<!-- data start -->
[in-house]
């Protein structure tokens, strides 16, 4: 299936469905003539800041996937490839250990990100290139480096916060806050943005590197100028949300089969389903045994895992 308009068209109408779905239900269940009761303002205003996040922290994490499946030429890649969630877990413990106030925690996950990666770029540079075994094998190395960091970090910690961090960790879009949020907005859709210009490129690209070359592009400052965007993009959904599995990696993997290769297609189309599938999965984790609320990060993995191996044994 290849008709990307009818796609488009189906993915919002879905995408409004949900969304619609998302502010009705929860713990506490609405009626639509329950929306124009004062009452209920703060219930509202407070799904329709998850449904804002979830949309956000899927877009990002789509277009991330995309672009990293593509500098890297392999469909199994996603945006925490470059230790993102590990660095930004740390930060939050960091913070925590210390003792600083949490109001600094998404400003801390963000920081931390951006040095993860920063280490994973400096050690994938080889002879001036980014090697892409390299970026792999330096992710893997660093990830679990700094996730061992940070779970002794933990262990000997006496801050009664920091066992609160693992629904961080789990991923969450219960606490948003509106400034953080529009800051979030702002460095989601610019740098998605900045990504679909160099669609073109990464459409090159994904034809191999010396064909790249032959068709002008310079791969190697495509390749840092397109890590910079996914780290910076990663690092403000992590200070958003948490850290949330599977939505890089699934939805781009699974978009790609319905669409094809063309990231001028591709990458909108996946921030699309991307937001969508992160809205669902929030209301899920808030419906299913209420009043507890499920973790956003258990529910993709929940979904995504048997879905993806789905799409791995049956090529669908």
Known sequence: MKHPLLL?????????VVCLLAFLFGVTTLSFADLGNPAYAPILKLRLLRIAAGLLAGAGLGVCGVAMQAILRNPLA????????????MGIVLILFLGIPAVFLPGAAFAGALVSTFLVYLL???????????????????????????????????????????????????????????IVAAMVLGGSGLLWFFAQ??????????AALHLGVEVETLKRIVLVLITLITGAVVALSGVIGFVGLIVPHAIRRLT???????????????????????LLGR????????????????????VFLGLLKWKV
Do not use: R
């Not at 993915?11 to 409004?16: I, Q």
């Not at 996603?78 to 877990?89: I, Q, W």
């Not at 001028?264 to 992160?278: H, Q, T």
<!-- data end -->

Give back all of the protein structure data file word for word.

[in-house]
């Protein structure tokens, strides 16, 4: 299936469905003539800041996937490839250990990100290139480096916060806050943005590197100028949300089969389903045994895992 308009068209109408779905239900269940009761303002205003996040922290994490499946030429890649969630877990413990106030925690996950990666770029540079075994094998190395960091970090910690961090960790879009949020907005859709210009490129690209070359592009400052965007993009959904599995990696993997290769297609189309599938999965984790609320990060993995191996044994 290849008709990307009818796609488009189906993915919002879905995408409004949900969304619609998302502010009705929860713990506490609405009626639509329950929306124009004062009452209920703060219930509202407070799904329709998850449904804002979830949309956000899927877009990002789509277009991330995309672009990293593509500098890297392999469909199994996603945006925490470059230790993102590990660095930004740390930060939050960091913070925590210390003792600083949490109001600094998404400003801390963000920081931390951006040095993860920063280490994973400096050690994938080889002879001036980014090697892409390299970026792999330096992710893997660093990830679990700094996730061992940070779970002794933990262990000997006496801050009664920091066992609160693992629904961080789990991923969450219960606490948003509106400034953080529009800051979030702002460095989601610019740098998605900045990504679909160099669609073109990464459409090159994904034809191999010396064909790249032959068709002008310079791969190697495509390749840092397109890590910079996914780290910076990663690092403000992590200070958003948490850290949330599977939505890089699934939805781009699974978009790609319905669409094809063309990231001028591709990458909108996946921030699309991307937001969508992160809205669902929030209301899920808030419906299913209420009043507890499920973790956003258990529910993709929940979904995504048997879905993806789905799409791995049956090529669908």
Known sequence: MKHPLLL?????????VVCLLAFLFGVTTLSFADLGNPAYAPILKLRLLRIAAGLLAGAGLGVCGVAMQAILRNPLA????????????MGIVLILFLGIPAVFLPGAAFAGALVSTFLVYLL???????????????????????????????????????????????????????????IVAAMVLGGSGLLWFFAQ??????????AALHLGVEVETLKRIVLVLITLITGAVVALSGVIGFVGLIVPHAIRRLT???????????????????????LLGR????????????????????VFLGLLKWKV
Do not use: R
């Not at 993915?11 to 409004?16: I, Q």
């Not at 996603?78 to 877990?89: I, Q, W």
């Not at 001028?264 to 992160?278: H, Q, T």